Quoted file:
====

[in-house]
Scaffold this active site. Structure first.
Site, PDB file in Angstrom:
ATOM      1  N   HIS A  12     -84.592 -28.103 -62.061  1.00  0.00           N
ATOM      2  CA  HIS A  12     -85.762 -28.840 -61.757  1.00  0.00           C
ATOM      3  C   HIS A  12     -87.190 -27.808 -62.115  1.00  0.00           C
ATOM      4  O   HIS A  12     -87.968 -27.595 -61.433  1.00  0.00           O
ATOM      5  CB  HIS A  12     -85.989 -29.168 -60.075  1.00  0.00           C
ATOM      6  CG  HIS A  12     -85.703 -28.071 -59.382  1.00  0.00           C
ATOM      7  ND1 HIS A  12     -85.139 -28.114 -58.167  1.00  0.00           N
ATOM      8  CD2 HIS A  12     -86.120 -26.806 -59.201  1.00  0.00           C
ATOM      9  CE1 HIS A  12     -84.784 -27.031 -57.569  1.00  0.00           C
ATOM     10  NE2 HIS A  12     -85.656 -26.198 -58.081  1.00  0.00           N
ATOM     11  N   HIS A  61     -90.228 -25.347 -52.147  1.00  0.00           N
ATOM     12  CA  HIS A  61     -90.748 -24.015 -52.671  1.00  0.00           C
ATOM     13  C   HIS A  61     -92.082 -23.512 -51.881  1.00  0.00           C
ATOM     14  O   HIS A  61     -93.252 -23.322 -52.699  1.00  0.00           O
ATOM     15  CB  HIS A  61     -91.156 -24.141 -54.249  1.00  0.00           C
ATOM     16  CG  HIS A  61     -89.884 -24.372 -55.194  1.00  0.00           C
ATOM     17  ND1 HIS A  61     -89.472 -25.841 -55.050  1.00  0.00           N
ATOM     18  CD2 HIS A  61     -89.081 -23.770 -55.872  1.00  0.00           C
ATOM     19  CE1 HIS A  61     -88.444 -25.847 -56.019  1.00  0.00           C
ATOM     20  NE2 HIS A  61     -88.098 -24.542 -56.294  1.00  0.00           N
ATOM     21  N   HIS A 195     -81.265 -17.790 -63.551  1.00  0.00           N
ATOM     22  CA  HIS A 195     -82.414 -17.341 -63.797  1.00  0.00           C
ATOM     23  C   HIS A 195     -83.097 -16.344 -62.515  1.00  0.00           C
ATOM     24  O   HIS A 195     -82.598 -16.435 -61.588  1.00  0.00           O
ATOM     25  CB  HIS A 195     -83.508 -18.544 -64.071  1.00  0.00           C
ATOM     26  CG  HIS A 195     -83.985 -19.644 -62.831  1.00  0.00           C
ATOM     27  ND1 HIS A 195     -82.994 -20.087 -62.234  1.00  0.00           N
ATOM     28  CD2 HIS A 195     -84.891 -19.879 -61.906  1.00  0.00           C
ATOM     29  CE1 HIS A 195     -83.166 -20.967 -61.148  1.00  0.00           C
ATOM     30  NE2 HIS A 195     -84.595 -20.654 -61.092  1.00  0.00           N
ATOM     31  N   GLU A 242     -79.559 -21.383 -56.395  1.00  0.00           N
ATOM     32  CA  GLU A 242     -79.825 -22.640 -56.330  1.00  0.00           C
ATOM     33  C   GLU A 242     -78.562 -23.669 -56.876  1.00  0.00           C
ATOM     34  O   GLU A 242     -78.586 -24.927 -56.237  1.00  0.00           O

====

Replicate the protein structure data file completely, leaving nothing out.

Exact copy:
[in-house]
Scaffold this active site. Structure first.
Site, PDB file in Angstrom:
ATOM      1  N   HIS A  12     -84.592 -28.103 -62.061  1.00  0.00           N
ATOM      2  CA  HIS A  12     -85.762 -28.840 -61.757  1.00  0.00           C
ATOM      3  C   HIS A  12     -87.190 -27.808 -62.115  1.00  0.00           C
ATOM      4  O   HIS A  12     -87.968 -27.595 -61.433  1.00  0.00           O
ATOM      5  CB  HIS A  12     -85.989 -29.168 -60.075  1.00  0.00           C
ATOM      6  CG  HIS A  12     -85.703 -28.071 -59.382  1.00  0.00           C
ATOM      7  ND1 HIS A  12     -85.139 -28.114 -58.167  1.00  0.00           N
ATOM      8  CD2 HIS A  12     -86.120 -26.806 -59.201  1.00  0.00           C
ATOM      9  CE1 HIS A  12     -84.784 -27.031 -57.569  1.00  0.00           C
ATOM     10  NE2 HIS A  12     -85.656 -26.198 -58.081  1.00  0.00           N
ATOM     11  N   HIS A  61     -90.228 -25.347 -52.147  1.00  0.00           N
ATOM     12  CA  HIS A  61     -90.748 -24.015 -52.671  1.00  0.00           C
ATOM     13  C   HIS A  61     -92.082 -23.512 -51.881  1.00  0.00           C
ATOM     14  O   HIS A  61     -93.252 -23.322 -52.699  1.00  0.00           O
ATOM     15  CB  HIS A  61     -91.156 -24.141 -54.249  1.00  0.00           C
ATOM     16  CG  HIS A  61     -89.884 -24.372 -55.194  1.00  0.00           C
ATOM     17  ND1 HIS A  61     -89.472 -25.841 -55.050  1.00  0.00           N
ATOM     18  CD2 HIS A  61     -89.081 -23.770 -55.872  1.00  0.00           C
ATOM     19  CE1 HIS A  61     -88.444 -25.847 -56.019  1.00  0.00           C
ATOM     20  NE2 HIS A  61     -88.098 -24.542 -56.294  1.00  0.00           N
ATOM     21  N   HIS A 195     -81.265 -17.790 -63.551  1.00  0.00           N
ATOM     22  CA  HIS A 195     -82.414 -17.341 -63.797  1.00  0.00           C
ATOM     23  C   HIS A 195     -83.097 -16.344 -62.515  1.00  0.00           C
ATOM     24  O   HIS A 195     -82.598 -16.435 -61.588  1.00  0.00           O
ATOM     25  CB  HIS A 195     -83.508 -18.544 -64.071  1.00  0.00           C
ATOM     26  CG  HIS A 195     -83.985 -19.644 -62.831  1.00  0.00           C
ATOM     27  ND1 HIS A 195     -82.994 -20.087 -62.234  1.00  0.00           N
ATOM     28  CD2 HIS A 195     -84.891 -19.879 -61.906  1.00  0.00           C
ATOM     29  CE1 HIS A 195     -83.166 -20.967 -61.148  1.00  0.00           C
ATOM     30  NE2 HIS A 195     -84.595 -20.654 -61.092  1.00  0.00           N
ATOM     31  N   GLU A 242     -79.559 -21.383 -56.395  1.00  0.00           N
ATOM     32  CA  GLU A 242     -79.825 -22.640 -56.330  1.00  0.00           C
ATOM     33  C   GLU A 242     -78.562 -23.669 -56.876  1.00  0.00           C
ATOM     34  O   GLU A 242     -78.586 -24.927 -56.237  1.00  0.00           O